First, the trend today is every talented or semi-talented guy wants to be on TV all the time not cooking for any normal human beings OR wants to have 15 restaurants with a corresponding attenuation cascade of what probably wasn't even so great to begin with when it existed in it's proto-unique state.

L'Ambroisie, by contrast, has for two decades plus taken the complete opposite approach. The world's most talented chef never leaves the kitchen. Normal humans get to eat his food instead of TV personalities. By contrast, in NYC, Tom Colicchio (who doesn't have 1/10th of Pacaud's talent) has his underling's underling running his "flagship" resto Craft as Tom screws off on Top Chef and his #2 underling Damon Wise jets around overseeing the empire. Makes me love Pacaud! Yes, let's compare to Pacaud with what exists.

If super regulars are getting things out of the kitchen the unknown people don't get, I feel it's very forgiveable. Just like I'd lend my friend a hundred bucks before I'd lend it to a stranger.

In fact, I'd propose a restaurant business model that maybe should go even more super-insider. What if the best restaurant went more extreme treating the regular customers as family. That has potential.

Michael a dit…

I think this is the best review of the restaurant I have seen so far. It captures the essence of l'Ambroisie as what it is: the club canteen of the local aristocracy/grande bourgeoisie. The food has been the same for a long time and that's ok for the people who go there. "Trop belle pour toi" is a nice way of saying "you don't belong here". Pricing is used as a tool to keep the ordinary(i.e. non French aristrocracy) man out. Should you still desire to go, they will make it a one off experience for you.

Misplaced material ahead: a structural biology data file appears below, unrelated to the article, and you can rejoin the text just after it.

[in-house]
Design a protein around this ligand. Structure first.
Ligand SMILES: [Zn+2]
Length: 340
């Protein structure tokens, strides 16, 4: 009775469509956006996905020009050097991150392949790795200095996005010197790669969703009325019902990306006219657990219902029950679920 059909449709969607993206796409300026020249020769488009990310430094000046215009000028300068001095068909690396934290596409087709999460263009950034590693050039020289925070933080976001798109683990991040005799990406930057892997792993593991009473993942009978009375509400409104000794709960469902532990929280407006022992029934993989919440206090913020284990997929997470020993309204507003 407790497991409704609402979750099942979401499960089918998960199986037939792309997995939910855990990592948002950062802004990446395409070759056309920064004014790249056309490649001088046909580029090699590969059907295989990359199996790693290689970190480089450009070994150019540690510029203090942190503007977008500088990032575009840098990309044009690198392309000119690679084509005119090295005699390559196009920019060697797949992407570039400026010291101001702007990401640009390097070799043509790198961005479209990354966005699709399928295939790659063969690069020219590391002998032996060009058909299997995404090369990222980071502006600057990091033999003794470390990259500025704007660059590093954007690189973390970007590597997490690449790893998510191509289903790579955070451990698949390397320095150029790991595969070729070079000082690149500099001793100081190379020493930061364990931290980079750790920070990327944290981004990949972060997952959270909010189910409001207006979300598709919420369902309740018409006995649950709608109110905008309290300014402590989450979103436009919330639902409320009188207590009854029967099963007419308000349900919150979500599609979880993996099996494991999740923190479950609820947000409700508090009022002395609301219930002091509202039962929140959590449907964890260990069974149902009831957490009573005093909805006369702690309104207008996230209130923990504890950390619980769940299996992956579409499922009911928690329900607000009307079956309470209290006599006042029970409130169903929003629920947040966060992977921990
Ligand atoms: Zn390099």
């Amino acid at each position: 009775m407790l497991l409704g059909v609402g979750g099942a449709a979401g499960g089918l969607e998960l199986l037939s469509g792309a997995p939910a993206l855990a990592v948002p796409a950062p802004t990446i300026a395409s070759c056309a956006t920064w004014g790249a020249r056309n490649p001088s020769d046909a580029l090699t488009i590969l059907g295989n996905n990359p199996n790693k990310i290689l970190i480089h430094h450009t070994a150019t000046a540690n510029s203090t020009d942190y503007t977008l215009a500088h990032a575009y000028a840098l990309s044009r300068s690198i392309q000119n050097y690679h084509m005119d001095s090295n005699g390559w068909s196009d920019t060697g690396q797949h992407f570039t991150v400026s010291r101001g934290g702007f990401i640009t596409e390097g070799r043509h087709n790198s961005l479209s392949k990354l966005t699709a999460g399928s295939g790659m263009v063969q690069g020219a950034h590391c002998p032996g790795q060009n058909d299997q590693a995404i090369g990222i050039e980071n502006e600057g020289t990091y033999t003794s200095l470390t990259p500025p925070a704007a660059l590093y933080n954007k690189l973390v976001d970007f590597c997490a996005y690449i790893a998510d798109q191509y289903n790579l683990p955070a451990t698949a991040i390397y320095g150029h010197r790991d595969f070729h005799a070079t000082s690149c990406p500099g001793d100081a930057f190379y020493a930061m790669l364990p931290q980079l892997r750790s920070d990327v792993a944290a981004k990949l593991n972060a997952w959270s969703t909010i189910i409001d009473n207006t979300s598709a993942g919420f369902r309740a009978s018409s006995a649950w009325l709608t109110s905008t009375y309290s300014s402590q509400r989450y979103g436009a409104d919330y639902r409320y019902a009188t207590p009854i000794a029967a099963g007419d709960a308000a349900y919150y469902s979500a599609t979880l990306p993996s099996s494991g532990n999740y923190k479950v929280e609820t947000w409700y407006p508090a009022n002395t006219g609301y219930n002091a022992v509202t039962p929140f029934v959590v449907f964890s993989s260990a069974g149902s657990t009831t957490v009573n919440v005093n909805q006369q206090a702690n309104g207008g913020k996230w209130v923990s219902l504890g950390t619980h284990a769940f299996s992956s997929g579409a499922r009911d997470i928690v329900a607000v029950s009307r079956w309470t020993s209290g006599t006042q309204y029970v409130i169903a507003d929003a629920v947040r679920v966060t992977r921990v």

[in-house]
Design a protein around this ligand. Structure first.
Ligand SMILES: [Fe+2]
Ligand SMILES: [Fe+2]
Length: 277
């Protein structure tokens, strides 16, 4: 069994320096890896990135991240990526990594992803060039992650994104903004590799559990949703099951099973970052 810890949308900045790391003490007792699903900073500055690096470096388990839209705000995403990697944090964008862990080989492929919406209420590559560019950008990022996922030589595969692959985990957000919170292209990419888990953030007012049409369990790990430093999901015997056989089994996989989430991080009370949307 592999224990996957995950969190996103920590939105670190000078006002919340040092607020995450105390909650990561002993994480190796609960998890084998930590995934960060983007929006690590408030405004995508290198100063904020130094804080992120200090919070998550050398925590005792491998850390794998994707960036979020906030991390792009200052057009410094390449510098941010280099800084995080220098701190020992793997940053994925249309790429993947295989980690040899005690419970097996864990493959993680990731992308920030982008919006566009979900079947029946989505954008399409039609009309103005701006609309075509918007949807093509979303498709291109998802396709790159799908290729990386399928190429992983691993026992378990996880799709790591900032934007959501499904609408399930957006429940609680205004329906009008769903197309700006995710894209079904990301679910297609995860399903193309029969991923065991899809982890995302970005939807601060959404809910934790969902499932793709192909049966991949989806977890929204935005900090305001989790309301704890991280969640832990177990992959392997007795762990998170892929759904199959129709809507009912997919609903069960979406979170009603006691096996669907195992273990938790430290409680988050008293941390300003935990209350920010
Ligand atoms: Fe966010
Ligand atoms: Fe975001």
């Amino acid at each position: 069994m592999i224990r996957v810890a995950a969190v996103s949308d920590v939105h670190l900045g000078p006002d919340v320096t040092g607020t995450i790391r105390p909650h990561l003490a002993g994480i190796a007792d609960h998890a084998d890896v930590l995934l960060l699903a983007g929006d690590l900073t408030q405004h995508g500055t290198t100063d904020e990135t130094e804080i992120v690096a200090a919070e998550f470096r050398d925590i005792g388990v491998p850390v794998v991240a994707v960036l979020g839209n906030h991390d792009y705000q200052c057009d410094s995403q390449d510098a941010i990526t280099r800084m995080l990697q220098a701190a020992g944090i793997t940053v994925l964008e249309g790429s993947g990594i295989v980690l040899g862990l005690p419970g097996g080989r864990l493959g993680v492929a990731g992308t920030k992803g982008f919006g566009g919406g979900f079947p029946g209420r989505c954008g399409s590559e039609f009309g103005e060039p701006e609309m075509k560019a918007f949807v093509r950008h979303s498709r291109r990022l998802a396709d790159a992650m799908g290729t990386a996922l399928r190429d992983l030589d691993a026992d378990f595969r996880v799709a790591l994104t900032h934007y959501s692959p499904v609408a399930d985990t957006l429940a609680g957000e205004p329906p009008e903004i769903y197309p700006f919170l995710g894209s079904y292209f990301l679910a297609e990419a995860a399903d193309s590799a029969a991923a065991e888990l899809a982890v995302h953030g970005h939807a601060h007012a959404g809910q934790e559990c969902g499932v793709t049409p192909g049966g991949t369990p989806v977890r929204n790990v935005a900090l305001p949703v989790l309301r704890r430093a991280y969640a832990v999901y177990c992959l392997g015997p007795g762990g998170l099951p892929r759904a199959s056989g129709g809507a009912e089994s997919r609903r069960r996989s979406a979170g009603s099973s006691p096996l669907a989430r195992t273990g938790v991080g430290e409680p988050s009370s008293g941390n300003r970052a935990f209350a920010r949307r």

Scott Solomon a dit…

I think 'Trop belle pour toi' is the exact opposite of what's going on there. If you want to eat Tom Colicchio's cooking, you gotta appear on a TV show. If you want to eat Pacaud's you just need to buy yourself lunch. He's there overseeing everything.

Having the main guy there working is the model I prefer. If they charge high prices to max profit, that doesn't bother me, but having the guy turn himself into a brand and run 10 places does bother me.

Mathieu Pacaud is on Facebook and friends with people who have never eaten in his restaurant. How is that snobbishness? Good luck making Facebook friends with Thomas Keller.

Scott Solomon a dit…

BTW, how do you know the guys who got the Tourte de Canard didn't call ahead and ask for it?

Anonyme a dit…

agree fully with Scott... Chez Pacaud is rare greatness of spirt and cooking in this day and age modern brand name celeb chef soulless restaurant business. No restaurant is for everybody and the club like atmosphere i adore at l'Ambroisie simply might night work for everybody.
Even when dish is slightly off a bit at l'Ambroisie there is still a great spirit there. I truly appreciate the fact that in Pacaud's kitchen there are 2 modern machines besides the ice cream/sorbet maker a small robocoupe and a kitchen aid blender..true spirit of the hand and real technique not dialing up some sous vide thermal regulator that any design school graduate can program.. well of course the quality of ingredients are truly extraordinary as well! So many dishes at chez Pacaud are etched permanently in my memory. If you follow the suggestions of M. Pascal on the menu and guide yourself through the winelist you will usually end up with at least an excellent experience and most of the time a otherworldly one..